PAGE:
As sea levels rise, Bangladeshis seek higher ground
“The sea simply ate it,” she said of the family’s smallholding, where she grew coconuts and raised her children. The youngest was still an infant, the oldest just nine years old. “The water took them all… nobody survived.”
With her life upended, Nur Jahan fled from the island in the Bay of Bengal to Cox’s Bazar, a town on the Bangladeshi mainland which is fast filling up with islanders like herself displaced by rising sea levels linked to climate change.
Among the more recent arrivals in Kutubdia Para, an urban enclave named for the sinking island, is Abdul Hamid. He moved to the mainland three years ago after the sea threatened to spill over a berm and flood his parents’ smallholding.
“The houses within few hundred metres of our house are already gone to the sea… and the houses right opposite ours are already gone,” he said, noting that the encroaching sea now regularly floods their land. “Now, even during normal tide, it is flowing over the embankment,” he said.
The two former residents of Kutubdia, an island nearly three times the size of Manhattan, are among a growing number of people worldwide who are being driven from their homes by the earth’s changing climate.
The UN Refugee Agency has predicted that events linked to climate change, such as storms, floods and droughts, will become the biggest drivers of displacement, both inside and across national borders, within the not too distant future.
It also estimates that natural disasters force an average of 26.4 million people from their homes each year. With an increasing number of vulnerable people living in disaster-prone areas, among them densely populated and low-lying areas of Bangladesh, ever more people are at risk.
“Bangladesh has been affected by multiple disasters, including floods, storms, riverbank erosions, cyclones and droughts. All of these will increase in intensity and frequency as a result of climate change,” said Stina Ljungdell, UNHCR’s representative in Bangladesh.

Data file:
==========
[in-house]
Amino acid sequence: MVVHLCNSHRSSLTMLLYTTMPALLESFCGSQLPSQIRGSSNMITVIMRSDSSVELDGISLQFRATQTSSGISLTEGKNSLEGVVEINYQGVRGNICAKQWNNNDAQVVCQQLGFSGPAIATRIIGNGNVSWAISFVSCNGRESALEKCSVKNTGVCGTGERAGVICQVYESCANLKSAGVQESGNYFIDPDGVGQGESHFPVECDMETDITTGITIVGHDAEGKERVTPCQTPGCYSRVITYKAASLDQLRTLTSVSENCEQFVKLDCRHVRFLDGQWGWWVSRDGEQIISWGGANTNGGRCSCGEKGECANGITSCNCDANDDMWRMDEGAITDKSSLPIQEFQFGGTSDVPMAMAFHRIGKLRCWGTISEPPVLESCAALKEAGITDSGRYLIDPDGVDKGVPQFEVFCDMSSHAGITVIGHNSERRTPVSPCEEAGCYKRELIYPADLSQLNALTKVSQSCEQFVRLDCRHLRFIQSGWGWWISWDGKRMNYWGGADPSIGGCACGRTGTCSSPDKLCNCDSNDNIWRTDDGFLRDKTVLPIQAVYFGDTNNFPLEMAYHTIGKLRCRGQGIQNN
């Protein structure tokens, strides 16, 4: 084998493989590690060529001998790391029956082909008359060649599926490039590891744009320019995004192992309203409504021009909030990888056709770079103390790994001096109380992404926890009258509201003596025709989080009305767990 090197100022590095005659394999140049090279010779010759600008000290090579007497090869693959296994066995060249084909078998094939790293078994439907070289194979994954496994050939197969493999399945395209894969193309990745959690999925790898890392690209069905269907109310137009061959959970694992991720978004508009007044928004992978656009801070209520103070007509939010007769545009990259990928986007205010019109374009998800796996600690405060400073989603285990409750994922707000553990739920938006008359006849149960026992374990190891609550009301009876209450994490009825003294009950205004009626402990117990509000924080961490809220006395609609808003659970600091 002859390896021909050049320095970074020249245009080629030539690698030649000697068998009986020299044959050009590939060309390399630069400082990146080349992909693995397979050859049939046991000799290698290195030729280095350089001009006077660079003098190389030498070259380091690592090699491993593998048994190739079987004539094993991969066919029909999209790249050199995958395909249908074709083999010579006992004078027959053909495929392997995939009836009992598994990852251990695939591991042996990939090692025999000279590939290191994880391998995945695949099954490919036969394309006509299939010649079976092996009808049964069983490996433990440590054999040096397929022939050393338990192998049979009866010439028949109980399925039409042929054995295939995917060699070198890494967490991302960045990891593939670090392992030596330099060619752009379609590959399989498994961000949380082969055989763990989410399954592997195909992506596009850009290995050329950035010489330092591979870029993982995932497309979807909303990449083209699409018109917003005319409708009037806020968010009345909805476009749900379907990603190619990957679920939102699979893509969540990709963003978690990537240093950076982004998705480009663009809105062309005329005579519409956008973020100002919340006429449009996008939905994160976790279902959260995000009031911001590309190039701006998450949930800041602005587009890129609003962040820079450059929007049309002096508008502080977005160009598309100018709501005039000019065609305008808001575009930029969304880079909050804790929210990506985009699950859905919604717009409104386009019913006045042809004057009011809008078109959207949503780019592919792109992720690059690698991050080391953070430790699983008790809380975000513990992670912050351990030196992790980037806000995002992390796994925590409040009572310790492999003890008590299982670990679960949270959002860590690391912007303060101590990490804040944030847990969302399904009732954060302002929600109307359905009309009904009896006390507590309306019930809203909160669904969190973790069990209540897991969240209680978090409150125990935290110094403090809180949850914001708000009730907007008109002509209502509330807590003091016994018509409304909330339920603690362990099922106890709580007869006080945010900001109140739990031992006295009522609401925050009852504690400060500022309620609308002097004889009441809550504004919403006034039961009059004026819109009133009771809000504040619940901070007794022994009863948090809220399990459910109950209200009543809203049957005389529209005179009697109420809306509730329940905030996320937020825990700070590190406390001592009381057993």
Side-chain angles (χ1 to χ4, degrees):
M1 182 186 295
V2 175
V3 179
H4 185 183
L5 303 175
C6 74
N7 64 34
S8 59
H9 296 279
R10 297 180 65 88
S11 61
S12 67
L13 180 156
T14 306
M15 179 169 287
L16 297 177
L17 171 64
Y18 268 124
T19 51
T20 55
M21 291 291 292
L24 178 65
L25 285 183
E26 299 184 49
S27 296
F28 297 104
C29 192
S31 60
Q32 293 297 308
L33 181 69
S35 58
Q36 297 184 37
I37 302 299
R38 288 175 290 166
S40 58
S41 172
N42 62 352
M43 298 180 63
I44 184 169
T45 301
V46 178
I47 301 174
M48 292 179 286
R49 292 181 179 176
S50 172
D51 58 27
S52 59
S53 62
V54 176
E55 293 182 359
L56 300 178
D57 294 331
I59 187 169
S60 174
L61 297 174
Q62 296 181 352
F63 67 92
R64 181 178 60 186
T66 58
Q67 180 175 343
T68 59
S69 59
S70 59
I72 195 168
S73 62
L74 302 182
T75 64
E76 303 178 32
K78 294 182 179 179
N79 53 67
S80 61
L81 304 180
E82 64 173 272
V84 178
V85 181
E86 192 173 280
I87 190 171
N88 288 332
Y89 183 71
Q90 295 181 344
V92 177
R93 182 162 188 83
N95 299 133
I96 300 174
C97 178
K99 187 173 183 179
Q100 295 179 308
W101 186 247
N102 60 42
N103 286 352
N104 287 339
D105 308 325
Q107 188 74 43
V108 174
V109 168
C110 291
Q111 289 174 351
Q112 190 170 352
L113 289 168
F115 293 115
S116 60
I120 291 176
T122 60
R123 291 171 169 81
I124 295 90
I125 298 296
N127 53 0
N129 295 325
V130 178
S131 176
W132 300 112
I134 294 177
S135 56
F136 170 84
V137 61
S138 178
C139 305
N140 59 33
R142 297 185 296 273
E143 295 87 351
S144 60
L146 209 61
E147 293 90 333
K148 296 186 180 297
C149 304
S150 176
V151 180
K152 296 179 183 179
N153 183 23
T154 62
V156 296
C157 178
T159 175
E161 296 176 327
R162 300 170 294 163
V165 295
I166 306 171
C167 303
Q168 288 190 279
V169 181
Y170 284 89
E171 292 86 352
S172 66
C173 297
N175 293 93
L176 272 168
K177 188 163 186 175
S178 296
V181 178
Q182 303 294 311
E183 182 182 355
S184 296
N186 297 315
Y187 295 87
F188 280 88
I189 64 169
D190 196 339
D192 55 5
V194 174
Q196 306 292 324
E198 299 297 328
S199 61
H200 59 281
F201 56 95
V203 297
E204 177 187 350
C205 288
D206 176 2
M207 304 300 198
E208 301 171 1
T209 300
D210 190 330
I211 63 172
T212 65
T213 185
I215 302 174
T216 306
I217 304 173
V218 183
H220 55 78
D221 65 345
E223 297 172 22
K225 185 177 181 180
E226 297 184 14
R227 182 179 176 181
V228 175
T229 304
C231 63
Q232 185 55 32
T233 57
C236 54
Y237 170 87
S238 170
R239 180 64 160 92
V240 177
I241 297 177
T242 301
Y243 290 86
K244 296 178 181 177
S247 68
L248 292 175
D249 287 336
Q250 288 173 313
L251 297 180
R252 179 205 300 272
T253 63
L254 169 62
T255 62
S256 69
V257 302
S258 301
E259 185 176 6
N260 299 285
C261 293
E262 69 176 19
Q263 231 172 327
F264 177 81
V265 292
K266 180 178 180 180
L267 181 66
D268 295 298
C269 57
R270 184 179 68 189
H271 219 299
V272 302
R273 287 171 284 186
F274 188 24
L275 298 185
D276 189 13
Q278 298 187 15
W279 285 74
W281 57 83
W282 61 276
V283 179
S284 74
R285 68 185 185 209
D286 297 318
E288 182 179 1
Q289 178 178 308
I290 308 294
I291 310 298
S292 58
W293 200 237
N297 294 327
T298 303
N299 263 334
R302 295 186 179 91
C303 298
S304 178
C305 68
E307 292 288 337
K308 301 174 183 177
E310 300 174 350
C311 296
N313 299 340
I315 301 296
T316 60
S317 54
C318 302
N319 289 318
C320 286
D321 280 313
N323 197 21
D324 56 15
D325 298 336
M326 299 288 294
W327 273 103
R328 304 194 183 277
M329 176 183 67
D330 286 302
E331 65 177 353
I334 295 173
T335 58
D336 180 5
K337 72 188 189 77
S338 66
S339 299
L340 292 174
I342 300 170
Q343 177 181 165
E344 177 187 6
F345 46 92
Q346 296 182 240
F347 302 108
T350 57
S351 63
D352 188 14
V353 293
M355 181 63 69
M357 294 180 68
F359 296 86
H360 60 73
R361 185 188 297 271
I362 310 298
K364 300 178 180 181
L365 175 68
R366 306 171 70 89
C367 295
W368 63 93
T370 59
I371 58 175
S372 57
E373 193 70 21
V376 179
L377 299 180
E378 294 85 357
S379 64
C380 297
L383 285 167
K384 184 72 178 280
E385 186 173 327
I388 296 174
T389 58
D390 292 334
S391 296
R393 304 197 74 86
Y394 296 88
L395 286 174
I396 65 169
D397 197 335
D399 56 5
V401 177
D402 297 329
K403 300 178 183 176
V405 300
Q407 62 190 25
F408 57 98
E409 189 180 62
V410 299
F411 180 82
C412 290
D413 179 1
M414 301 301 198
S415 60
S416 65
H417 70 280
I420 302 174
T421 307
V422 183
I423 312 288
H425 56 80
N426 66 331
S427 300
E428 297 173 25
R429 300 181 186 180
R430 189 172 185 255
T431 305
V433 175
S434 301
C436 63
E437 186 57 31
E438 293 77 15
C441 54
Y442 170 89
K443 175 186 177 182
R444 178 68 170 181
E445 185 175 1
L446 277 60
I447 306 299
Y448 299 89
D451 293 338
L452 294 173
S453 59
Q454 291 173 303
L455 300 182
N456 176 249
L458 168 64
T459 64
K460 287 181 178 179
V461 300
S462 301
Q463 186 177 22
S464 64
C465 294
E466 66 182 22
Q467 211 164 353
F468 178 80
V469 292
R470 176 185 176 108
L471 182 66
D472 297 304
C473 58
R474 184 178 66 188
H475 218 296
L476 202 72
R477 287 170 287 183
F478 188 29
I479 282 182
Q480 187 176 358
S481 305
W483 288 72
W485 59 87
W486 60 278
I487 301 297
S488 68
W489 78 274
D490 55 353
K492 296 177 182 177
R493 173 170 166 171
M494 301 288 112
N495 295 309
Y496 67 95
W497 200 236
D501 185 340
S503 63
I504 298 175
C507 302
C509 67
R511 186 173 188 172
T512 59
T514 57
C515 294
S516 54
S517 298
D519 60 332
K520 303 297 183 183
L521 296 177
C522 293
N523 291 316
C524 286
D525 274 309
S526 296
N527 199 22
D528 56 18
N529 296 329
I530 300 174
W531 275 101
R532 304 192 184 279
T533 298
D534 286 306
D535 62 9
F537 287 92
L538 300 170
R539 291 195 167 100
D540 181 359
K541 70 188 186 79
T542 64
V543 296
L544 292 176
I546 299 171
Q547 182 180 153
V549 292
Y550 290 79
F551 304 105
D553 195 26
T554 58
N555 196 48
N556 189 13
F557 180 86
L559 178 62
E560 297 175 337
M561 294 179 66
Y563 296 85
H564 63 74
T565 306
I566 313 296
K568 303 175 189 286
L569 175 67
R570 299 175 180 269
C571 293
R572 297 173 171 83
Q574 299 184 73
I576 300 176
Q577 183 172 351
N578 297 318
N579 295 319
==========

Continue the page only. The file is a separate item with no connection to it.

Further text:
“Millions of people… live along Bangladesh’s coastline and they remain exposed to storm surges and rise in sea level. We need to take adequate protection simultaneously at the national, regional and global levels to reduce the underlying vulnerability of people, both before and after disasters and displacement occur.”
UNHCR hopes that the right policies, effectively implemented, could yet mitigate the risk of displacement. But some fear that the situation in Kutubdia may be beyond saving. Among those who have lost hope is former fisherman Nurul Islam, who fled the island 17 years ago.
He has watched as the community of displaced people in Kutubdia Para has grown from a few hundred families from the island when he first arrived, to as many as 30,000 or even 40,000 today.
“Kutubdia is drowning every day. And every day people are fleeing the island,” said the 55-year-old, who ekes out a living from a small grocery store that he runs. “They will continue to come. Kutubdia will not exist anymore. It will just become the sea.”
By Saiful Huq in Cox’s Bazar, Bangladesh